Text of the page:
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newmoon2night
27-Apr-2010, 21:31
Can anyone tell me please, is there any difference between the Classic and 3000, apart from the Classic coming with the viewfinder, and the 3000 not?
Presumably you can use buy a viewfinder and add it to the 3000?
I'll take the opportunity to add a second question - do standard size screens fit in Technika's? I'm thinking of Maxwell screens which are 126mm x 100.5mm.
Thanks.

Brian Ellis
27-Apr-2010, 22:00
I bought a Maxwell screen for my Master Technika. It fit just fine. Bill Maxwell has been doing this for a long time, he knows the correct size for a Master Technika.

I've never owned a 3000 so I can't give you all the differences. The big one, I thought, was the ability of the 3000 to handle lenses as wide as something like 47mm without any auxiliary gear. The Master can only handle lenses shorter than 75mm by adding the wide angle focusing device and they're very expensive if bought new.

douglas antonio
27-Apr-2010, 22:07
there is a major difference between the two models:
the classic is able to take lenses down to 72 mm without an additional wide angle device. and the widest lens with the device is 58 mm f i am not mistaken. the 3000 can take lenses down to 38 mm! it has an integrated wide angle track that allows you to focus precisely with an external knob. this was much more difficult with the internal focussing system of the 2000. more information can be found on linhofs website.

there is no way of retrofitting the rangefinder to the 3000 as there is no place for the mechanism afaik.

the 3000 unfolds its capabiltiesespecially in wide angle situations. i believe it has an extra strut position the fourth - for the dropbed over the mt classic (3) to avoid the bed to obstruct in vertical shot position with extreme wide angles.

i cannot comment on your second question. bill maxwell has all the specified screens for different cameras. so just get in touch via email and ask him yourself. he hasn't got an own website. there is an "unofficial" site called "mattclara".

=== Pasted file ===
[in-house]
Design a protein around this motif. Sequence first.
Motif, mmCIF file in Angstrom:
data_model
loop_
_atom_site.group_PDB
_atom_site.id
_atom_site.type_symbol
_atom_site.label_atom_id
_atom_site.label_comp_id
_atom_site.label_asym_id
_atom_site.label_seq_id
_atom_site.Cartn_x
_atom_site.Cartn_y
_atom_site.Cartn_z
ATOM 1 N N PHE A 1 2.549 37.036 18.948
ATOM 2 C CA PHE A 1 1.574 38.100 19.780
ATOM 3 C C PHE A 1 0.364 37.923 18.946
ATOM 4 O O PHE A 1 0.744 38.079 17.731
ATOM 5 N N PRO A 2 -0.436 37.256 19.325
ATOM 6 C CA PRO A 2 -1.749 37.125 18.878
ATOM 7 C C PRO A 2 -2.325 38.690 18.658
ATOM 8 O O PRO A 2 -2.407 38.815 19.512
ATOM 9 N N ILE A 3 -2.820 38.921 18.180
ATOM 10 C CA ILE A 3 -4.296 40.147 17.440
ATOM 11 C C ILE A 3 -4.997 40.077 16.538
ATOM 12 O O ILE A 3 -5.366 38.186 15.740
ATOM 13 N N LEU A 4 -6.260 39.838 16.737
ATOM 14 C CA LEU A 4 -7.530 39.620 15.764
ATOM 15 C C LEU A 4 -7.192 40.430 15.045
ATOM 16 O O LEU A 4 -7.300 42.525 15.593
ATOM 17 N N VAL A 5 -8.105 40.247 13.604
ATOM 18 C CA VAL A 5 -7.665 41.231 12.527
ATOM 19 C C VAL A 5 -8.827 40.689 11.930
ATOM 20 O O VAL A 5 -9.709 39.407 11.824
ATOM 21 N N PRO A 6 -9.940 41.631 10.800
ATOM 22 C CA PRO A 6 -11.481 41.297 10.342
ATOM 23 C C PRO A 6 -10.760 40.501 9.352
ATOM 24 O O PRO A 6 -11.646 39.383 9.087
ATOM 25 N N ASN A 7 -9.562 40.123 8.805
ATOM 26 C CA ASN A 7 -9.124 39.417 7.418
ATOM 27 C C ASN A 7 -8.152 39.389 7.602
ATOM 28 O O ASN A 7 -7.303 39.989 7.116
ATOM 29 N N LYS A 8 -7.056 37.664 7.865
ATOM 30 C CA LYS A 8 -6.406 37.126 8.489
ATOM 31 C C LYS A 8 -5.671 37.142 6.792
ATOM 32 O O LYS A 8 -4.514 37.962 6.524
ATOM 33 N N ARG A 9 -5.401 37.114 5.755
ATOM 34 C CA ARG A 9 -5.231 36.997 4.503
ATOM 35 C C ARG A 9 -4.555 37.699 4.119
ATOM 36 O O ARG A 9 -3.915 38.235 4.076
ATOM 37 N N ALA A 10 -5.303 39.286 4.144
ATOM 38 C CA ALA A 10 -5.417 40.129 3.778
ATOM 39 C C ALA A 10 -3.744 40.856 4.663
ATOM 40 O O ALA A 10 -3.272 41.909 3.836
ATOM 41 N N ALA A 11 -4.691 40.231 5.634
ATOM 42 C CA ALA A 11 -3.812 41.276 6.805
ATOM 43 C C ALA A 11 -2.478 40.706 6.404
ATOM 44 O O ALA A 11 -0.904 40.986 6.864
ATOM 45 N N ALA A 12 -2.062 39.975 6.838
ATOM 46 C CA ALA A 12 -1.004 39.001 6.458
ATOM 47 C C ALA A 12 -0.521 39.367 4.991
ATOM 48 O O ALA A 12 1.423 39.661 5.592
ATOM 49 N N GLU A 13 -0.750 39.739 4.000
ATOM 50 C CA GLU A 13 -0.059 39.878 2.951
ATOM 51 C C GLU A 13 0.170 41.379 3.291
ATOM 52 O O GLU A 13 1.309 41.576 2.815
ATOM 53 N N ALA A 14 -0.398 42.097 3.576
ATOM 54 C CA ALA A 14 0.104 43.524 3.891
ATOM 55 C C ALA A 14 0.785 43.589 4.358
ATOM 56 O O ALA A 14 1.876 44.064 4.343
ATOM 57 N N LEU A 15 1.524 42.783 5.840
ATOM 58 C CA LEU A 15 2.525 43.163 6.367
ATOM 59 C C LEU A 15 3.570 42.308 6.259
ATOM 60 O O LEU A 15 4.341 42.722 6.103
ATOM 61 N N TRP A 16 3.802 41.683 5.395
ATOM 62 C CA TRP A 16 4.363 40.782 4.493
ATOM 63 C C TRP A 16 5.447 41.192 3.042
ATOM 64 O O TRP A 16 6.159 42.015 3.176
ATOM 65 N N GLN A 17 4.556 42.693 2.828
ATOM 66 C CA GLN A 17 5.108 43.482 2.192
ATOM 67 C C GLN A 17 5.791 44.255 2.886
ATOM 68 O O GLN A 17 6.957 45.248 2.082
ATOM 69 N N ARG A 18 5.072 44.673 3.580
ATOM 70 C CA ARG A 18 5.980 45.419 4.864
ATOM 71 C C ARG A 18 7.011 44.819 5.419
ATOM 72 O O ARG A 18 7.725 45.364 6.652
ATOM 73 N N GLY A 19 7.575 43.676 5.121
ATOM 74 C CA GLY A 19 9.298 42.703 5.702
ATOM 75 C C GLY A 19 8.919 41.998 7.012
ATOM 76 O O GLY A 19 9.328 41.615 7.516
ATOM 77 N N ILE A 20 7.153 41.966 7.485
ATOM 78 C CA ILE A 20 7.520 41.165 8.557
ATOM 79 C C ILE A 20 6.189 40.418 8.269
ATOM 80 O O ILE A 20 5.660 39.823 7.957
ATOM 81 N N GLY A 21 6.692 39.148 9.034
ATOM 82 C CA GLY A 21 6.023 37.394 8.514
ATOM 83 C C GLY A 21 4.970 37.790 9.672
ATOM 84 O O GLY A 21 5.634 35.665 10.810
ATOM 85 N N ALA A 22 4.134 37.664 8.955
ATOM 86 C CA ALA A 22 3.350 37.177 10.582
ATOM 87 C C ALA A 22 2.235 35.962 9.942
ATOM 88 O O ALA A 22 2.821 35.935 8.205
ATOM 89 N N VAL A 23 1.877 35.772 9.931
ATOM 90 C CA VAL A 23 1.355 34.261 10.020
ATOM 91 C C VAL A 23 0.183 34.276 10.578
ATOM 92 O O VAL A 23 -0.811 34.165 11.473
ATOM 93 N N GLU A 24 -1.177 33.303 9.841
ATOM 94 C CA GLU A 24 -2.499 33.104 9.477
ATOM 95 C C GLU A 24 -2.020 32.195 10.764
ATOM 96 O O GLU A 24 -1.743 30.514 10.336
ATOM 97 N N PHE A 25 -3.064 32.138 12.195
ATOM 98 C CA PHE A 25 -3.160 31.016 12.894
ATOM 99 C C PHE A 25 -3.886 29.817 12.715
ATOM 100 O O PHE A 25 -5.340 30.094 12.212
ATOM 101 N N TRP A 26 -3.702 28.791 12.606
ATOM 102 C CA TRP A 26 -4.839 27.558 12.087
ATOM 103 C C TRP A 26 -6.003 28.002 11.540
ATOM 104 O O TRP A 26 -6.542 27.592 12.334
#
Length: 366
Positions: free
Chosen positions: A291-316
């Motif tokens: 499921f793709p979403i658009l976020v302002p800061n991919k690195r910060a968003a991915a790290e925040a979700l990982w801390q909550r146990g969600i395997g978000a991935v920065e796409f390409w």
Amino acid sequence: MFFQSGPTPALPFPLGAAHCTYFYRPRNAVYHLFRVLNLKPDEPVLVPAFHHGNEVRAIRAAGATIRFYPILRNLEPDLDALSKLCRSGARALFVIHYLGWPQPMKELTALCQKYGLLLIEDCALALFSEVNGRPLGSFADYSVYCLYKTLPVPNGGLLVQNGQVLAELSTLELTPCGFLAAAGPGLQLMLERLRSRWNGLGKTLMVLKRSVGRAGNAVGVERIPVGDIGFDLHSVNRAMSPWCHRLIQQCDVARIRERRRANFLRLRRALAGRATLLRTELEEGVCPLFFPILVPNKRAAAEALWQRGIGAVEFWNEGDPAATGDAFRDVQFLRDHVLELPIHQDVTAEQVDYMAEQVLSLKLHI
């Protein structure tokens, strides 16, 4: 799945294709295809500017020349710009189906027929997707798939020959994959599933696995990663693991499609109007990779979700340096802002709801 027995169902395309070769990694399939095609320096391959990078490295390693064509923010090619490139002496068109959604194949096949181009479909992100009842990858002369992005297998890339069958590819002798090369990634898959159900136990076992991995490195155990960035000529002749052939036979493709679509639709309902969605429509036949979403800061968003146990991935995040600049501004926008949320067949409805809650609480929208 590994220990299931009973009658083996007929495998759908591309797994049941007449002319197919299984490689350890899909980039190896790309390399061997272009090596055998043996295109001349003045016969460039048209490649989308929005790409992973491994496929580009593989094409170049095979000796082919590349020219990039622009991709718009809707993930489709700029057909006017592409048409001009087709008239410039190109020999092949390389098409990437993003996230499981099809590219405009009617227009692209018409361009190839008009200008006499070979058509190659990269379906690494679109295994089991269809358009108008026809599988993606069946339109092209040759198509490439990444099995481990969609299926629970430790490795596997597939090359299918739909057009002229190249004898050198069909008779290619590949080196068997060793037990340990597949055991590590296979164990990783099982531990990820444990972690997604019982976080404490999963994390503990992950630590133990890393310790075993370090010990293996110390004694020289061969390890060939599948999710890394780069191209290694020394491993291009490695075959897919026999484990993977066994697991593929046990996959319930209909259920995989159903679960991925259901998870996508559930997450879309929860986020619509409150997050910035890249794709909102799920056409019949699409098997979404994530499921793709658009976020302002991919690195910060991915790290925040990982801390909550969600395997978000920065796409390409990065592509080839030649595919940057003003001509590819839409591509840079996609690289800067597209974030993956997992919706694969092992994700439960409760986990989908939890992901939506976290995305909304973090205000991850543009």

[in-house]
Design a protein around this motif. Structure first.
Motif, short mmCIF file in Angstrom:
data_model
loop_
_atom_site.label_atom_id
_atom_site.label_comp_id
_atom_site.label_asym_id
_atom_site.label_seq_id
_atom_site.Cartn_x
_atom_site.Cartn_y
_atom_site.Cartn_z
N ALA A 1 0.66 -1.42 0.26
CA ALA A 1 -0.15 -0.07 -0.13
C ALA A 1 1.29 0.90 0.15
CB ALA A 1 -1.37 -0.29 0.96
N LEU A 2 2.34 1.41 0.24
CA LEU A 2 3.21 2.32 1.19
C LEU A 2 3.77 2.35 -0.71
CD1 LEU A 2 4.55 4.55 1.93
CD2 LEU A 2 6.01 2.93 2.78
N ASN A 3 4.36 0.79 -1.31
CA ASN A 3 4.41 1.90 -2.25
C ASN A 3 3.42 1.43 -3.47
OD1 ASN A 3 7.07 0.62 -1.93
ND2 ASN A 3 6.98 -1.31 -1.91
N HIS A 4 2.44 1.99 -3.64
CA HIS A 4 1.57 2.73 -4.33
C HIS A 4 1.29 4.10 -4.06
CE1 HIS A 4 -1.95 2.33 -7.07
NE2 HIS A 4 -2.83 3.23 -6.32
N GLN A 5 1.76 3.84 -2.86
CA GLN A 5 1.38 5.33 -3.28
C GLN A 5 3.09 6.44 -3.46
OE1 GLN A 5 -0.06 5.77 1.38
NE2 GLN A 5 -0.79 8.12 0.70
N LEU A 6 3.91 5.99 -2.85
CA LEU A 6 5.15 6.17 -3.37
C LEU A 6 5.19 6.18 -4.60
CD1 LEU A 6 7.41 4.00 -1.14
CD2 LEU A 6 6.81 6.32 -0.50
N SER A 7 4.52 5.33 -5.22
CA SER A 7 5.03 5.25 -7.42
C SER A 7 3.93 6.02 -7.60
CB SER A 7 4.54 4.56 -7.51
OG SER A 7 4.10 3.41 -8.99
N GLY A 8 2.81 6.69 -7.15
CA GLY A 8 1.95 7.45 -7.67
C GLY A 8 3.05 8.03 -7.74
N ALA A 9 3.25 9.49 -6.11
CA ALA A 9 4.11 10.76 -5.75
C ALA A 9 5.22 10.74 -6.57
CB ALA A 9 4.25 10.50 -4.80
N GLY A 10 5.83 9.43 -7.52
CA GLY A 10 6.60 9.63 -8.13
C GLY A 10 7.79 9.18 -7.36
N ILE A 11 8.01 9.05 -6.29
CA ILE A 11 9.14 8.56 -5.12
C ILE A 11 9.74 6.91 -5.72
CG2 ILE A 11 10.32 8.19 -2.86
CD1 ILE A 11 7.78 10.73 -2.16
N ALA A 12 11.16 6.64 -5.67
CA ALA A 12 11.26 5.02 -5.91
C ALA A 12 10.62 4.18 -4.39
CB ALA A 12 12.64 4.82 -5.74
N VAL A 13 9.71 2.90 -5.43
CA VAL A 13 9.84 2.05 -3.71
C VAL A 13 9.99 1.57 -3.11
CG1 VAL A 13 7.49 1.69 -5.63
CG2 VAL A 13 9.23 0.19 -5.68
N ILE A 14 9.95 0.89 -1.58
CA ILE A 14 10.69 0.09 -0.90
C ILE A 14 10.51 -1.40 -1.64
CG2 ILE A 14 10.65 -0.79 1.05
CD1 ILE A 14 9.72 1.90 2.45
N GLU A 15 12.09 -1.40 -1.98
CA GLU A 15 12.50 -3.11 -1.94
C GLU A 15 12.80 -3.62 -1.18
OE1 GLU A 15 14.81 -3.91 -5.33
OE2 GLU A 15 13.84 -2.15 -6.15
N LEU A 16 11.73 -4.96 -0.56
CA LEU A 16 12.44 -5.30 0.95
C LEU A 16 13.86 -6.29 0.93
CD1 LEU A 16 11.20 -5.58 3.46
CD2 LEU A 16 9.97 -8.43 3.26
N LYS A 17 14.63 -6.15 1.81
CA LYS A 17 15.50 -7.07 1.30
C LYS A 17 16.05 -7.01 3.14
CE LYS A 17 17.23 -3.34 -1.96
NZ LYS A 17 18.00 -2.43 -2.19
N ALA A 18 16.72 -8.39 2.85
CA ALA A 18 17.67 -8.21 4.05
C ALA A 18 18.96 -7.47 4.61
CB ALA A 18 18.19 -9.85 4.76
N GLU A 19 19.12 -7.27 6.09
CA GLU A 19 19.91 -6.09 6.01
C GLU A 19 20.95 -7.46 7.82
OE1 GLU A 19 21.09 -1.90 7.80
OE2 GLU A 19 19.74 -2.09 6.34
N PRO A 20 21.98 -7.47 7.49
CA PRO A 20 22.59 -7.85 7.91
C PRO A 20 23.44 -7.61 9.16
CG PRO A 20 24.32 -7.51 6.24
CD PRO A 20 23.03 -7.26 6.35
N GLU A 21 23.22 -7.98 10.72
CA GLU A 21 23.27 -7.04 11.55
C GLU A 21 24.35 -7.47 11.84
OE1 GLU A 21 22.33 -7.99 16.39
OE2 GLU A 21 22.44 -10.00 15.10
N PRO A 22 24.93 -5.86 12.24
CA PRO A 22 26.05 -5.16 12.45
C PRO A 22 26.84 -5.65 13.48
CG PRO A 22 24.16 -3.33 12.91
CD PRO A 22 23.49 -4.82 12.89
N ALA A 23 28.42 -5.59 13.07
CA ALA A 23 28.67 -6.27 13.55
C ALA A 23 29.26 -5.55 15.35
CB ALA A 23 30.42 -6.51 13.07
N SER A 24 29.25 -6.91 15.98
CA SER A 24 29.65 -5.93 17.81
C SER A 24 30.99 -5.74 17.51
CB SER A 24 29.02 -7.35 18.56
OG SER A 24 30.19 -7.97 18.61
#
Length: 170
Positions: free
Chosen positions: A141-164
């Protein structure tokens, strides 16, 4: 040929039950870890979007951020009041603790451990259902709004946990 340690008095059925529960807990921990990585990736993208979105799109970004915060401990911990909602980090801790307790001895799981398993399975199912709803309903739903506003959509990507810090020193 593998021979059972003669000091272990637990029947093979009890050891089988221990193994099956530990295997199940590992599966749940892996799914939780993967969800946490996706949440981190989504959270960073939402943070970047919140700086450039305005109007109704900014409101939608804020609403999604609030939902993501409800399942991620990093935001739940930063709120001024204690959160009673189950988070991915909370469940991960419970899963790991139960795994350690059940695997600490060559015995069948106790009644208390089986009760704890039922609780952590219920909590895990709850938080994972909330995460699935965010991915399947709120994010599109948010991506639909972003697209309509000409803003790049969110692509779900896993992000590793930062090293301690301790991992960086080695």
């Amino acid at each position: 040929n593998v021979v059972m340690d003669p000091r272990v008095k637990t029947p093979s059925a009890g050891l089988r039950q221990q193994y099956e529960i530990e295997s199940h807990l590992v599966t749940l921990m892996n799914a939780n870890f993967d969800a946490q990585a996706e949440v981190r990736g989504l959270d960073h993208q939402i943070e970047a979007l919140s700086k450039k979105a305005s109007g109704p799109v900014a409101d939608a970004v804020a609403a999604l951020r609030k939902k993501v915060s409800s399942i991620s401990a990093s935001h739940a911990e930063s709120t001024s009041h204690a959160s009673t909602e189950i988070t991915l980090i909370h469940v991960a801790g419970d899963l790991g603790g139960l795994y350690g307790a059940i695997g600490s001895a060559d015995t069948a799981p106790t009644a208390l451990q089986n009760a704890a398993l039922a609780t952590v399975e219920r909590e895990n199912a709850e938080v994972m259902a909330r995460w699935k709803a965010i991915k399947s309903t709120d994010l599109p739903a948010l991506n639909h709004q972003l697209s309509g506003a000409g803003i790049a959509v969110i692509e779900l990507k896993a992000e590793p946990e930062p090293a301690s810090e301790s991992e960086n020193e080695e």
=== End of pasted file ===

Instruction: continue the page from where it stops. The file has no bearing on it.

bill will help you for sure. i have a screen for a rolleiflex which is incredible.

hope this helps.

newmoon2night
28-Apr-2010, 11:53
Thanks Brian and Douglas for the detailed replies.
I will email Bill Maxwell, but already have his screen, so will check if it's the same size as the one he does for the Technika.
I haven't got a Technika yet, but have found a Classic that looks very nice.

Are Technika's quite straight forward (compared to a non folding wooden camera) to use?

seabird
28-Apr-2010, 13:29
Are Technika's quite straight forward (compared to a non folding wooden camera) to use?

I've never used a wooden field camera so cant compare, but as a Tech IV user I can confirm that Technikas are quite straightforward to use if you know what you are doing.

Reading the manual is mandatory if you are a Technika newbie. There are a few "tricks" that are not immediately apparent from casual observation (eg how to tilt the front lens panel). While they are legendary for their toughness, they are still pieces of precision engineering that dont suffer fools gladly. You can damage them if you dont know what you are doing and I gather some fixes (eg front rise ratchet mechanism) can be expensive to repair.

Having said that, if you approach the camera armed with the requisite knowledge and a little bit of respect, then you'll be rewarded with a lifetime's use and enjoyment.

Cheers

Bob Salomon
28-Apr-2010, 14:13
The 2000 and 3000 take lenses down to 35mm. Additionally the back on the 3000 comes completly off and can be replaced with the shift adapter. Older models can be modified if they have the fixed back.